The deadly disease is caused by the Ebola virus, which was first brought to the world’s attention in 1976 when it was encountered in DRC. Transmission is through contact and has a fatality rate of 50%. Between 1986 and 1990, the Soviet Union started a program aimed at weaponizing Ebola. Evidence of that program ever coming to fruition or Ebola being used as a weapon anywhere on earth has never been found. Weaponizing Ebola is possible, but it is a costly endeavour since the disease mainly spreads through contact.
The plague is caused by a bacterium, Yersinia pestis, which is another Category A organism. The plague carries the most significant potential of being weaponized as it is easy to mass-produce it in a laboratory with minimal cost. It is also one of the oldest bioweapons as there is evidence of it being first used in the 14th century when it started the great Black Death in Europe that claimed 50 million lives. The plague can be deployed by a simple aerosol. Once a human is infected, they can quickly spread it to others, making the disease extremely dangerous and hard to control once it sets into motion. The Japanese army deployed fleas infected with plague over Manchuria during WWII. Russian scientists were also able to create a new strain of the plague that is resistant to antibiotics for weaponization in the 1980s.
The Marburg Virus
It is a category A virus that causes the deadly Marburg Hemorrhagic Fever. The virus has been traced to the African fruit bat. It can quickly be developed in the laboratory and experiments were conducted by Soviet scientists in the 1980s. It was found that the Marburg virus was responsible for Q fever and was the most potent with a high fatality rate of 90%.
Other notable pathogens with the potential to be weaponized include the Bunyavirus which has three other strains, namely Nairovirus, Phlebovirus, and Hantavirus. Hantavirus causes the Korean hemorrhagic fever that killed more than 3,000 soldiers during the Korean War. Aflatoxins have also been used during the Gulf War by the Iraqi army although the impact was not widespread. Rice Blast Fungus is bioweapon that attacks food crops and is researched and developed by Russia and the United States during the cold war.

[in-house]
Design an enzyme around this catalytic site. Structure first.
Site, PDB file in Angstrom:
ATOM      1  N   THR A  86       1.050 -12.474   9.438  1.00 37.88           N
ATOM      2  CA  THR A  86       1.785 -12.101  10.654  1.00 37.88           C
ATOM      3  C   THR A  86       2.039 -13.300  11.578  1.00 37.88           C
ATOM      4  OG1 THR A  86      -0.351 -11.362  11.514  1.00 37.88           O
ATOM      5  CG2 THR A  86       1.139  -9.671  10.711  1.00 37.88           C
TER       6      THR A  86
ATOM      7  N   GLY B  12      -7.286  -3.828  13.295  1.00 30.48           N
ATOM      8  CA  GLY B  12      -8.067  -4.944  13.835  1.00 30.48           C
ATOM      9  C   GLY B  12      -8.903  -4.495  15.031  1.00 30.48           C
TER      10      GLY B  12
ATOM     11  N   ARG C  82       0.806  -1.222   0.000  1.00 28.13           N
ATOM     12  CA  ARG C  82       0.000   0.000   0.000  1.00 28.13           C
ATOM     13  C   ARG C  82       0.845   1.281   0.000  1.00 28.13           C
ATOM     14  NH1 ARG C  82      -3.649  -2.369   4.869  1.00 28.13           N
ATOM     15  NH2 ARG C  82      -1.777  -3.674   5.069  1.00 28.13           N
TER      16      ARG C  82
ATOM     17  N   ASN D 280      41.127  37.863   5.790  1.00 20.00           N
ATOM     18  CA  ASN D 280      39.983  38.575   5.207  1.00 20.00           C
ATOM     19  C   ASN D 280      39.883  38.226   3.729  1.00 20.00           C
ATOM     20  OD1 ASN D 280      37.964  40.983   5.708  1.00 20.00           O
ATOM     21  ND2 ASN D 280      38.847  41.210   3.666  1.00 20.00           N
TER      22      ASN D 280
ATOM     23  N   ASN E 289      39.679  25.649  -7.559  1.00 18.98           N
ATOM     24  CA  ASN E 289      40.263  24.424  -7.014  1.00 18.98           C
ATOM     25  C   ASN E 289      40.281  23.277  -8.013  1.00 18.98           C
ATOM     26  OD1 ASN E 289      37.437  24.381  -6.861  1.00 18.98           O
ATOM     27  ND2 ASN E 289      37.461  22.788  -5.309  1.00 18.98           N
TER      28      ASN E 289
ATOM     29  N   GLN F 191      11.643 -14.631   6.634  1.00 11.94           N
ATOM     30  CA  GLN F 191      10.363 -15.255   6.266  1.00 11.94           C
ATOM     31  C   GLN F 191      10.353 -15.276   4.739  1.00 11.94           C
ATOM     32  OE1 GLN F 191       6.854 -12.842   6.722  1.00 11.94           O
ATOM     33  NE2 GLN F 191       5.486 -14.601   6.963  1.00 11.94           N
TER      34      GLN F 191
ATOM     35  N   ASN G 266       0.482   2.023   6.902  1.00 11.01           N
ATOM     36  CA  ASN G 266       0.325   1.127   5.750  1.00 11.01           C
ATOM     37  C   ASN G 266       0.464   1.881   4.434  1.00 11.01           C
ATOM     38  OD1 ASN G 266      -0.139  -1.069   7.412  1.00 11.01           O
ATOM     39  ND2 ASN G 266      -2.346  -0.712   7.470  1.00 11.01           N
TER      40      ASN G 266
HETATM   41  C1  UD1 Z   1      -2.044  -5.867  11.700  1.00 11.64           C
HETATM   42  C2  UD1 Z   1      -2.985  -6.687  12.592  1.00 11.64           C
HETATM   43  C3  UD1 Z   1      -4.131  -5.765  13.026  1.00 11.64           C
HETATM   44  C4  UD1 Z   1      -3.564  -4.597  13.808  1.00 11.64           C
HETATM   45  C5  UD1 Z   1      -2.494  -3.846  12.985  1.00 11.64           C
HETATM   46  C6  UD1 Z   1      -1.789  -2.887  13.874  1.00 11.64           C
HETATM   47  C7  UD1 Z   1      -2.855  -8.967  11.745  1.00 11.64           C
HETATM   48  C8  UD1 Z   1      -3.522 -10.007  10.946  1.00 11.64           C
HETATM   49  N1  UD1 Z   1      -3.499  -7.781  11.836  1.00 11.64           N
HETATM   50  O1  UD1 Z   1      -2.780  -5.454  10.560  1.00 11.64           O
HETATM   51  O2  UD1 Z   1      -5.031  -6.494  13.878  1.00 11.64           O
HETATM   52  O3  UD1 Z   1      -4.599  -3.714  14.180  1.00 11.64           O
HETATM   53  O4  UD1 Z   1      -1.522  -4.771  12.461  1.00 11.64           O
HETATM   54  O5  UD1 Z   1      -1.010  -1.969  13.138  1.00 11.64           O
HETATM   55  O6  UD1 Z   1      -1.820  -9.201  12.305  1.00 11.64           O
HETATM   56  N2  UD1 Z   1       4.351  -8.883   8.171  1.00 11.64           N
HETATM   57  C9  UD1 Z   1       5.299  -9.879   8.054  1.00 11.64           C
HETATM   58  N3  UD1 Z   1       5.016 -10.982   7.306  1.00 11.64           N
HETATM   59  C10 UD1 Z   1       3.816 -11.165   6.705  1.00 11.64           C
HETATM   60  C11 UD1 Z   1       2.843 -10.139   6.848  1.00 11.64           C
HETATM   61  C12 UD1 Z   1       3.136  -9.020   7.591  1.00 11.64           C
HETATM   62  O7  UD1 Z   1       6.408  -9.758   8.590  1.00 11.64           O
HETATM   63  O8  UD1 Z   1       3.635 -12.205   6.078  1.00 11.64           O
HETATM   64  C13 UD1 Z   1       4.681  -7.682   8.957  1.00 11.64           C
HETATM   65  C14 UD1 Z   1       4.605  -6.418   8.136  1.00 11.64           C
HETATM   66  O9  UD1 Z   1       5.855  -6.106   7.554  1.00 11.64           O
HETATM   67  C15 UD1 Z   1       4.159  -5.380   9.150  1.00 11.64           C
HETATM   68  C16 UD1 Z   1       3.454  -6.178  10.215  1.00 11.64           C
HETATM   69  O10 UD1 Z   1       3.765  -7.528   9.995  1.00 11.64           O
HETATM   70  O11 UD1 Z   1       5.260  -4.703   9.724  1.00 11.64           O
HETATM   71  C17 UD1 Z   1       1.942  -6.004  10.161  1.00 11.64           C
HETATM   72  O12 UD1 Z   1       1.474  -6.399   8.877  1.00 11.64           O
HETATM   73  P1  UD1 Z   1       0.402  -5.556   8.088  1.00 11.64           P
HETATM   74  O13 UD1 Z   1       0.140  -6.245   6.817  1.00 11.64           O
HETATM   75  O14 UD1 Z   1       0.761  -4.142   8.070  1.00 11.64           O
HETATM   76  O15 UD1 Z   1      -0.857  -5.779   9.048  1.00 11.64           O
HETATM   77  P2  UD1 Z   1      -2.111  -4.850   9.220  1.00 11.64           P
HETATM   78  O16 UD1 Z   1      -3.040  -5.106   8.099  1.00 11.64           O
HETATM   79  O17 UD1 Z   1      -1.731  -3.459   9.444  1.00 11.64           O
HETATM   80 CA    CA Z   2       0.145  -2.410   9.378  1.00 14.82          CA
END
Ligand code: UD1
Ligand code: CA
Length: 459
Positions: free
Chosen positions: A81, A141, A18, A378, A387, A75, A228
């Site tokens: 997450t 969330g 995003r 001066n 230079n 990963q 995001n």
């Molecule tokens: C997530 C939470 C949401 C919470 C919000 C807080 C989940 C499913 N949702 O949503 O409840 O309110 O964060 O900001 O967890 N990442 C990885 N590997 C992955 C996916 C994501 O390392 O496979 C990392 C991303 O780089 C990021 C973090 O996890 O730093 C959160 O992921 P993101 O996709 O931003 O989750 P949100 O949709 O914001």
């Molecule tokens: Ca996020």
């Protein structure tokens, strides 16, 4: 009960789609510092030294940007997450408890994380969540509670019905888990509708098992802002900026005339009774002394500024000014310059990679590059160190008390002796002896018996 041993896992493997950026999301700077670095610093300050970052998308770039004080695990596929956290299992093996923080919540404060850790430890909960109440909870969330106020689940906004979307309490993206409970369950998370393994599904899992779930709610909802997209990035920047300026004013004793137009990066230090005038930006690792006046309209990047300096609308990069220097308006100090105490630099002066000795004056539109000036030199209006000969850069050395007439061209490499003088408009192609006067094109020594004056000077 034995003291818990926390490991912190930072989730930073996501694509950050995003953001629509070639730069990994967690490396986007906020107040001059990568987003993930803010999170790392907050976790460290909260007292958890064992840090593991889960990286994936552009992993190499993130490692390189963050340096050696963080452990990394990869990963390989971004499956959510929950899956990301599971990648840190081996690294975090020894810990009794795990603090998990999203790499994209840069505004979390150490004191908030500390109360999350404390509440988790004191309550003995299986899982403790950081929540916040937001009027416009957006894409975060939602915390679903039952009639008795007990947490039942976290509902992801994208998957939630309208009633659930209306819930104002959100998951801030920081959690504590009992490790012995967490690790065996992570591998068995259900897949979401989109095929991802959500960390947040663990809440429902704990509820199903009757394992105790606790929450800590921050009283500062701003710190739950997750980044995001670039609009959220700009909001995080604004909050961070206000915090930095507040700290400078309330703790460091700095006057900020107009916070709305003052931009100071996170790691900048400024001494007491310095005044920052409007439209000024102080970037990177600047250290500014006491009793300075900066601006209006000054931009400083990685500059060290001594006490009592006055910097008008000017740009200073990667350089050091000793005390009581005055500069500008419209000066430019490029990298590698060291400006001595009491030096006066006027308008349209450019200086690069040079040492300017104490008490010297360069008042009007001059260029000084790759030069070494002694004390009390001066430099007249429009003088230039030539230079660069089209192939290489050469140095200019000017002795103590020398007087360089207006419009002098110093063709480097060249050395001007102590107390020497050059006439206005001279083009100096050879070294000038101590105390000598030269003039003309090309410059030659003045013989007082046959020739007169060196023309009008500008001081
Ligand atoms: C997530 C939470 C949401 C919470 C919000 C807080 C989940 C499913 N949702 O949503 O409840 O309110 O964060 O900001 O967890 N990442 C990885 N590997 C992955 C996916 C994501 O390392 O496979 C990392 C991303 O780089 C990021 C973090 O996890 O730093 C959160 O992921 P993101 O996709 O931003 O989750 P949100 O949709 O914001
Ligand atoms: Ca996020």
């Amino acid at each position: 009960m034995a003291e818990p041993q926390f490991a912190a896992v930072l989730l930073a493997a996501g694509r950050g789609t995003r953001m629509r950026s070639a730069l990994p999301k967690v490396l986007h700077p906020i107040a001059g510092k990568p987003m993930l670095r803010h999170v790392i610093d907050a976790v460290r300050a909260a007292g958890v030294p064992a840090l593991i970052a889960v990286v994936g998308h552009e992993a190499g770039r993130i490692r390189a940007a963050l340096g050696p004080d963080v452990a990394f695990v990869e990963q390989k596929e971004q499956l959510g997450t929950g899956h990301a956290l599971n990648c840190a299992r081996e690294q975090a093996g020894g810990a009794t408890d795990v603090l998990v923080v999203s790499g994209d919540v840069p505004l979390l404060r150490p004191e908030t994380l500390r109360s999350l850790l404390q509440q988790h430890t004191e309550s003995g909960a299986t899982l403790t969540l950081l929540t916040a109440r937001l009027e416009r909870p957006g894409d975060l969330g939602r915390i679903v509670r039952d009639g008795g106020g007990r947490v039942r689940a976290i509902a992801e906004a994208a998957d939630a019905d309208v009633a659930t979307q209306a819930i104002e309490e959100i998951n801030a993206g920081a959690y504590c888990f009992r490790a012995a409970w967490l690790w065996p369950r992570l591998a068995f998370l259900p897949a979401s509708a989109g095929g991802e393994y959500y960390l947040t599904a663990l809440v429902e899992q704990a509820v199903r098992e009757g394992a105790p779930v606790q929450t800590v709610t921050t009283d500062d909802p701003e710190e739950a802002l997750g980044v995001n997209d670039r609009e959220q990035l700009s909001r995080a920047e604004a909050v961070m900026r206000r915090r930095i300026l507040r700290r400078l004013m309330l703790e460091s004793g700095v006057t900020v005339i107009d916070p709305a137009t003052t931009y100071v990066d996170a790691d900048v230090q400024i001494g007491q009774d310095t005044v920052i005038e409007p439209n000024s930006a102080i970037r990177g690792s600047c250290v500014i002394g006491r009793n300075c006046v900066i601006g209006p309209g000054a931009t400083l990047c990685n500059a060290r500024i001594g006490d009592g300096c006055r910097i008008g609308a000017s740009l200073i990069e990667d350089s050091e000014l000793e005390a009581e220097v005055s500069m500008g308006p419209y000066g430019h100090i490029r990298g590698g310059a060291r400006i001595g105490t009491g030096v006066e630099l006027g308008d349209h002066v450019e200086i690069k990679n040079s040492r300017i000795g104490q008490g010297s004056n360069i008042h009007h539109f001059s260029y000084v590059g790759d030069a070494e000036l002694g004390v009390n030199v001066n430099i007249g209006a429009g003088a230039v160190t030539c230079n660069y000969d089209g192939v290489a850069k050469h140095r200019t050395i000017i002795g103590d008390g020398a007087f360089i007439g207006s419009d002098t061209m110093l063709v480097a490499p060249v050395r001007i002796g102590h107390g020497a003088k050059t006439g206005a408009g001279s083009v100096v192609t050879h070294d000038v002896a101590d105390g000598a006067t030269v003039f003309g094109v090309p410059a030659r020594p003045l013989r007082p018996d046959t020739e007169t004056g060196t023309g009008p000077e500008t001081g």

Dealing With Bioweapons
The use of bioweapons is strictly forbidden under customary international humanitarian law. However, it has not stopped many governments from conducting covert research into bioweapons. As of 2018, about 17 countries had a bioweapon program, including America, the UK, Canada, France, Germany, Israel, and Russia, among many others. Bioterrorism groups like the Aum Shinrikyo from Japan have for long spread fear with the threat of unleashing bioweapons in Tokyo. The danger that bioweapons pose has been the force behind many international accords and pacts signed in the last 100 years in a bid to reign in on the use of bioweapons. The 1925 Geneva Protocol banned the use of bioweapons in wars. The Biological Weapons Convention of 1972 went a step further and banned the production, acquisition, and stockpiling of bioweapons. The 180 states that were party to the convention were required to destroy any existing bioweapon stockpiles that they had. Governments around the world are now on alert as more terrorist groups turn their attention towards the use of bioweapons. Strict regulations have been passed to stamp out the menace.
About the Author
Benjamin Elisha Sawe holds a Bachelor of Arts in Economics and Statistics and an MBA in Strategic Management. He is a frequent World Atlas contributor.